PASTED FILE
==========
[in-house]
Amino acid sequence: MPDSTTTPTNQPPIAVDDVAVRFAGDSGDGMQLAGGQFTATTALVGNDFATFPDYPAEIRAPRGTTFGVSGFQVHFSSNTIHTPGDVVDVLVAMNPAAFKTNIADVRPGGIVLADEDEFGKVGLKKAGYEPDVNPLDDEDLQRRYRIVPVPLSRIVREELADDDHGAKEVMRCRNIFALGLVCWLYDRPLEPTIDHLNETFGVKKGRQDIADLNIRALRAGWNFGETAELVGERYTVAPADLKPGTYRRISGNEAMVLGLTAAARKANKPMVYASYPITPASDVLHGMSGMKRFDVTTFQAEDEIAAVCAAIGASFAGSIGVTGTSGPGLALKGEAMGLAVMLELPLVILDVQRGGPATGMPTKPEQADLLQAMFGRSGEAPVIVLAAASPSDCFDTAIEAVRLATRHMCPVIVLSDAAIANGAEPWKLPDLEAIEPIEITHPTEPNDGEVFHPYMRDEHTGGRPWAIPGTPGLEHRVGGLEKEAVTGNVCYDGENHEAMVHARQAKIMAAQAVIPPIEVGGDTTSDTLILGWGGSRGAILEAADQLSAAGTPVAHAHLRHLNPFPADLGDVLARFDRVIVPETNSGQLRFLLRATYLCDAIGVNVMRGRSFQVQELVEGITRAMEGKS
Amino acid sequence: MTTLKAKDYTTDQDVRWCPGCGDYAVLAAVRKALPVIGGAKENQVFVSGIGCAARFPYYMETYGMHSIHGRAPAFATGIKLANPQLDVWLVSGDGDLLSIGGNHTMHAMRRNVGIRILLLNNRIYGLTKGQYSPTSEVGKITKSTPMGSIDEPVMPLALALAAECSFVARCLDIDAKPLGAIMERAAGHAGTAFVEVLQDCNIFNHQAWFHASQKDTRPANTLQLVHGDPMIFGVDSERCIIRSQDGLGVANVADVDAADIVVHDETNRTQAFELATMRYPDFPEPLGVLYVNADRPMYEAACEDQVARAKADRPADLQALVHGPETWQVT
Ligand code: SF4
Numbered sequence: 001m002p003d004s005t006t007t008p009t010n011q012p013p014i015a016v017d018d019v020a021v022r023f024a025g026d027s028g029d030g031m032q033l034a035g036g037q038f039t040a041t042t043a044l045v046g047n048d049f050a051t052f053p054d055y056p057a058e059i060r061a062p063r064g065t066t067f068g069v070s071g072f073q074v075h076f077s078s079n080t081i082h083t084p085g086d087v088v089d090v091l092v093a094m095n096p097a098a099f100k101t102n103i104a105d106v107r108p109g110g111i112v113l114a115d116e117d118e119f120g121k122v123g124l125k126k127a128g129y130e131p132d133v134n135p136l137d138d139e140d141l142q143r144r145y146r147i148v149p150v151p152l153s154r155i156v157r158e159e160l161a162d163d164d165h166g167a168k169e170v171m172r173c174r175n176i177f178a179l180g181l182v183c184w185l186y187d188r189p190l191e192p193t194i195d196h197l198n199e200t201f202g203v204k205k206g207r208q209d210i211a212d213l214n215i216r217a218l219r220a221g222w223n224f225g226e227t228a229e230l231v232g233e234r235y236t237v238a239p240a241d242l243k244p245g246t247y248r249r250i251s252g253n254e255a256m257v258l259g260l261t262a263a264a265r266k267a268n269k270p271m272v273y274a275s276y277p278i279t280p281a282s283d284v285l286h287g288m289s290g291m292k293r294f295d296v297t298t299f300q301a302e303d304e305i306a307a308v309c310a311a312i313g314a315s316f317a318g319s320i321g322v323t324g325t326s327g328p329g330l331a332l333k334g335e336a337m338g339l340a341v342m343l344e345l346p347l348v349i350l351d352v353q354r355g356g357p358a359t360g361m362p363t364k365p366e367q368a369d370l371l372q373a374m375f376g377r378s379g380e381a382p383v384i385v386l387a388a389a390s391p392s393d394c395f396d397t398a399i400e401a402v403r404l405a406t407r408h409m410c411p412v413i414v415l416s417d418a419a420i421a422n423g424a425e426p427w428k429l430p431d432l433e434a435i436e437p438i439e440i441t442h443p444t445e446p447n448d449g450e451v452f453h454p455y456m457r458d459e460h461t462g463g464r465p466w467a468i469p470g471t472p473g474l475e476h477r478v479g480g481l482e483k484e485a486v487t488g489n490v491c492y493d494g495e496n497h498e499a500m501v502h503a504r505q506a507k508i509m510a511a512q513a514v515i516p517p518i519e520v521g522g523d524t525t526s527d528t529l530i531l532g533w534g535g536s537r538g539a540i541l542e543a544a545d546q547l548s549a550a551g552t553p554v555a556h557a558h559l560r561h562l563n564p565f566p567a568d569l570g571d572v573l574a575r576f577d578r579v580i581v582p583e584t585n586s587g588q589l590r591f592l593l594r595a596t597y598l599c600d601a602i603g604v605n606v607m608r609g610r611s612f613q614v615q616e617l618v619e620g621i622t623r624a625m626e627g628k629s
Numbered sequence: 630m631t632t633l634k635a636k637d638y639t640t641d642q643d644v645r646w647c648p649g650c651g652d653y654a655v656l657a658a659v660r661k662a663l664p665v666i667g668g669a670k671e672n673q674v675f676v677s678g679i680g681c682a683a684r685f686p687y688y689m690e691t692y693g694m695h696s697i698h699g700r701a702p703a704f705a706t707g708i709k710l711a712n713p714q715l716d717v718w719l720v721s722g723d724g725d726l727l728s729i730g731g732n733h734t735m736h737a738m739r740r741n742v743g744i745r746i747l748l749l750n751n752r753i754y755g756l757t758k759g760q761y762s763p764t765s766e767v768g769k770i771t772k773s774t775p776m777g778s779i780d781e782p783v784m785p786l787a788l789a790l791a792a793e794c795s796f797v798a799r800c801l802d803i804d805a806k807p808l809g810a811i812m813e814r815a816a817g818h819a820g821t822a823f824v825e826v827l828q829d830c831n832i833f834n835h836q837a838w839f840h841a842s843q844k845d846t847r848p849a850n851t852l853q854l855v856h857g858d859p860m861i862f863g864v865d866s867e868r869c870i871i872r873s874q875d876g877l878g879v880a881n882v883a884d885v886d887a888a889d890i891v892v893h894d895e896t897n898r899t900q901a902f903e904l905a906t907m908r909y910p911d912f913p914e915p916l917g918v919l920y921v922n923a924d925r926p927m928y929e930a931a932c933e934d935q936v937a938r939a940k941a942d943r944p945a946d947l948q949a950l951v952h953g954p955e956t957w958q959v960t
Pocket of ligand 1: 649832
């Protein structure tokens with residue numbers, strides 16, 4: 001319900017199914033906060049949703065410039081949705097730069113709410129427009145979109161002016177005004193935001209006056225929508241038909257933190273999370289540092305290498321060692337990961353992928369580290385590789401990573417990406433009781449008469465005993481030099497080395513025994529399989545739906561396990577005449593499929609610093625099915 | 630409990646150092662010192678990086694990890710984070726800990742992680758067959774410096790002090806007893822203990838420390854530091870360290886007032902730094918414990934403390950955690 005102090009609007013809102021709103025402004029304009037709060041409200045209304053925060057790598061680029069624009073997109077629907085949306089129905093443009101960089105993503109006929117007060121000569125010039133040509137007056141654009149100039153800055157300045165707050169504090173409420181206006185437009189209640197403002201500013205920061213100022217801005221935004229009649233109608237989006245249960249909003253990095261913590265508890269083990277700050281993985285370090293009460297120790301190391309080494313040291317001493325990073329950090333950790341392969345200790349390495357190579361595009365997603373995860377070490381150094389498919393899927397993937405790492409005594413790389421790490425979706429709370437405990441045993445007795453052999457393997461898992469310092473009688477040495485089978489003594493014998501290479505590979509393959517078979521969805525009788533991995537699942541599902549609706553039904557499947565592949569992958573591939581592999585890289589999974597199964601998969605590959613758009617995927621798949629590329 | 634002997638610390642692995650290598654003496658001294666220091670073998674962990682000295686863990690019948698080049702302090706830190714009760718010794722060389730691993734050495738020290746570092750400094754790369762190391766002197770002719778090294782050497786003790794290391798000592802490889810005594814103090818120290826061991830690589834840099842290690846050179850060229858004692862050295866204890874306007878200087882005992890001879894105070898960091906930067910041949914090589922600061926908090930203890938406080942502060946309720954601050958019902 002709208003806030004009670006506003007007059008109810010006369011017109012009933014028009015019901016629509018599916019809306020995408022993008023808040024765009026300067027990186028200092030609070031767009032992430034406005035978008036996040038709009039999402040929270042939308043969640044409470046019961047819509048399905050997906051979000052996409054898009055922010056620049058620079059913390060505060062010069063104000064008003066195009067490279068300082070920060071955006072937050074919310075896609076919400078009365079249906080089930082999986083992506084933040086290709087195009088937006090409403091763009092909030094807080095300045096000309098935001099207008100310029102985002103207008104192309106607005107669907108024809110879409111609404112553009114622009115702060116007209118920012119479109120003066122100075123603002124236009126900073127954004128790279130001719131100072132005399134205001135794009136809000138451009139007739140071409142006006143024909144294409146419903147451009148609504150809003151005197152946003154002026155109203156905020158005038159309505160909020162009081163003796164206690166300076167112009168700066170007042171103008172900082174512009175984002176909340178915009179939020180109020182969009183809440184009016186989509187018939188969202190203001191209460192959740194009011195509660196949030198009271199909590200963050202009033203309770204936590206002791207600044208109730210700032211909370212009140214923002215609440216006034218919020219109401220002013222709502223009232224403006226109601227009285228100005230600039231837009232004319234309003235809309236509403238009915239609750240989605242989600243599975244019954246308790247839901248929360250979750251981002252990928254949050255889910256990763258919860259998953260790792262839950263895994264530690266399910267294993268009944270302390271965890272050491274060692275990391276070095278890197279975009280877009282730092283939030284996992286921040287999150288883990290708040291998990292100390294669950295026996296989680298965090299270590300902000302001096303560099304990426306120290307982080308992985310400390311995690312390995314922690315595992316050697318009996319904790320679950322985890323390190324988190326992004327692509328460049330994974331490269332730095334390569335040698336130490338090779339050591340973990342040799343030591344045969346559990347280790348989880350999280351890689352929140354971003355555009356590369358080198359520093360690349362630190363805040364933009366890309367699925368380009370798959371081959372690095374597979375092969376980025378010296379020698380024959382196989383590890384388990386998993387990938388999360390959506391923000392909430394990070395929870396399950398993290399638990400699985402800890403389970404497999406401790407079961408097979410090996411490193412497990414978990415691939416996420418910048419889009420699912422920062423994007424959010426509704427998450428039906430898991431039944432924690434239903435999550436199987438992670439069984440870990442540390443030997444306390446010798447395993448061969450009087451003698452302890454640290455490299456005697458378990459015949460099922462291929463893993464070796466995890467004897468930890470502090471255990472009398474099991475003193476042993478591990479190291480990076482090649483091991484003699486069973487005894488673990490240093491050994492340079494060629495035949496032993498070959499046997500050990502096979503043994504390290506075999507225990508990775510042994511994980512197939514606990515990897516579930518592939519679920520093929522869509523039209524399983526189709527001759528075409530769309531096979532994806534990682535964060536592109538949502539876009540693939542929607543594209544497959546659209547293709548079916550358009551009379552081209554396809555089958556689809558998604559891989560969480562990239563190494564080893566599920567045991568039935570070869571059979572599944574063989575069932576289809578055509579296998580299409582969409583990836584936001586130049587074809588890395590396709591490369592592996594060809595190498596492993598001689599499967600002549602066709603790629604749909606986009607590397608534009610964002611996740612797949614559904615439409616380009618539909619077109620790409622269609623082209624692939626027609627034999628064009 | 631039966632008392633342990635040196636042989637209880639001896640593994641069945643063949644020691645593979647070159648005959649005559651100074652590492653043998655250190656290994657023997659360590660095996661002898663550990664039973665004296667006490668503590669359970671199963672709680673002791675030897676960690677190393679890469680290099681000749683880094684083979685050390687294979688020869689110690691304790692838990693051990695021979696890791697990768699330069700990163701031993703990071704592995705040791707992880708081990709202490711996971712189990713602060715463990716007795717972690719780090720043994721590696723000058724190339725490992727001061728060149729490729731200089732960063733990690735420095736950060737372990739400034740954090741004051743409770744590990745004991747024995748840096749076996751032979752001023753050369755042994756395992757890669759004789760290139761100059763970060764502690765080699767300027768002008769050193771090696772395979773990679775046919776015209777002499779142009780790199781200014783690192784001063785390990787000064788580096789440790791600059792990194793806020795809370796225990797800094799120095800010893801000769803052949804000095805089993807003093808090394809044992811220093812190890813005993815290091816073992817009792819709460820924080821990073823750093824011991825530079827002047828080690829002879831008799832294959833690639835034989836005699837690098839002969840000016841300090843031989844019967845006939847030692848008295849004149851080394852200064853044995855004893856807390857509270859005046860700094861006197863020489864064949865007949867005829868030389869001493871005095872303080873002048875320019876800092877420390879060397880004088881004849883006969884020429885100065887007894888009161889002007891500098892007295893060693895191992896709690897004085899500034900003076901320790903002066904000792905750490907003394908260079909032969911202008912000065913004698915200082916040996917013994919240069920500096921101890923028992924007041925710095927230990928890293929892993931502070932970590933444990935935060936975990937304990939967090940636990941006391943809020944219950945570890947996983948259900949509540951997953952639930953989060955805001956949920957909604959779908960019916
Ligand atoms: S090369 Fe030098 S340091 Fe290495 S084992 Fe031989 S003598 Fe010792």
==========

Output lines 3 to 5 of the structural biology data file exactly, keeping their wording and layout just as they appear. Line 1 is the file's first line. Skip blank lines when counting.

Amino acid sequence: MTTLKAKDYTTDQDVRWCPGCGDYAVLAAVRKALPVIGGAKENQVFVSGIGCAARFPYYMETYGMHSIHGRAPAFATGIKLANPQLDVWLVSGDGDLLSIGGNHTMHAMRRNVGIRILLLNNRIYGLTKGQYSPTSEVGKITKSTPMGSIDEPVMPLALALAAECSFVARCLDIDAKPLGAIMERAAGHAGTAFVEVLQDCNIFNHQAWFHASQKDTRPANTLQLVHGDPMIFGVDSERCIIRSQDGLGVANVADVDAADIVVHDETNRTQAFELATMRYPDFPEPLGVLYVNADRPMYEAACEDQVARAKADRPADLQALVHGPETWQVT
Ligand code: SF4
Numbered sequence: 001m002p003d004s005t006t007t008p009t010n011q012p013p014i015a016v017d018d019v020a021v022r023f024a025g026d027s028g029d030g031m032q033l034a035g036g037q038f039t040a041t042t043a044l045v046g047n048d049f050a051t052f053p054d055y056p057a058e059i060r061a062p063r064g065t066t067f068g069v070s071g072f073q074v075h076f077s078s079n080t081i082h083t084p085g086d087v088v089d090v091l092v093a094m095n096p097a098a099f100k101t102n103i104a105d106v107r108p109g110g111i112v113l114a115d116e117d118e119f120g121k122v123g124l125k126k127a128g129y130e131p132d133v134n135p136l137d138d139e140d141l142q143r144r145y146r147i148v149p150v151p152l153s154r155i156v157r158e159e160l161a162d163d164d165h166g167a168k169e170v171m172r173c174r175n176i177f178a179l180g181l182v183c184w185l186y187d188r189p190l191e192p193t194i195d196h197l198n199e200t201f202g203v204k205k206g207r208q209d210i211a212d213l214n215i216r217a218l219r220a221g222w223n224f225g226e227t228a229e230l231v232g233e234r235y236t237v238a239p240a241d242l243k244p245g246t247y248r249r250i251s252g253n254e255a256m257v258l259g260l261t262a263a264a265r266k267a268n269k270p271m272v273y274a275s276y277p278i279t280p281a282s283d284v285l286h287g288m289s290g291m292k293r294f295d296v297t298t299f300q301a302e303d304e305i306a307a308v309c310a311a312i313g314a315s316f317a318g319s320i321g322v323t324g325t326s327g328p329g330l331a332l333k334g335e336a337m338g339l340a341v342m343l344e345l346p347l348v349i350l351d352v353q354r355g356g357p358a359t360g361m362p363t364k365p366e367q368a369d370l371l372q373a374m375f376g377r378s379g380e381a382p383v384i385v386l387a388a389a390s391p392s393d394c395f396d397t398a399i400e401a402v403r404l405a406t407r408h409m410c411p412v413i414v415l416s417d418a419a420i421a422n423g424a425e426p427w428k429l430p431d432l433e434a435i436e437p438i439e440i441t442h443p444t445e446p447n448d449g450e451v452f453h454p455y456m457r458d459e460h461t462g463g464r465p466w467a468i469p470g471t472p473g474l475e476h477r478v479g480g481l482e483k484e485a486v487t488g489n490v491c492y493d494g495e496n497h498e499a500m501v502h503a504r505q506a507k508i509m510a511a512q513a514v515i516p517p518i519e520v521g522g523d524t525t526s527d528t529l530i531l532g533w534g535g536s537r538g539a540i541l542e543a544a545d546q547l548s549a550a551g552t553p554v555a556h557a558h559l560r561h562l563n564p565f566p567a568d569l570g571d572v573l574a575r576f577d578r579v580i581v582p583e584t585n586s587g588q589l590r591f592l593l594r595a596t597y598l599c600d601a602i603g604v605n606v607m608r609g610r611s612f613q614v615q616e617l618v619e620g621i622t623r624a625m626e627g628k629s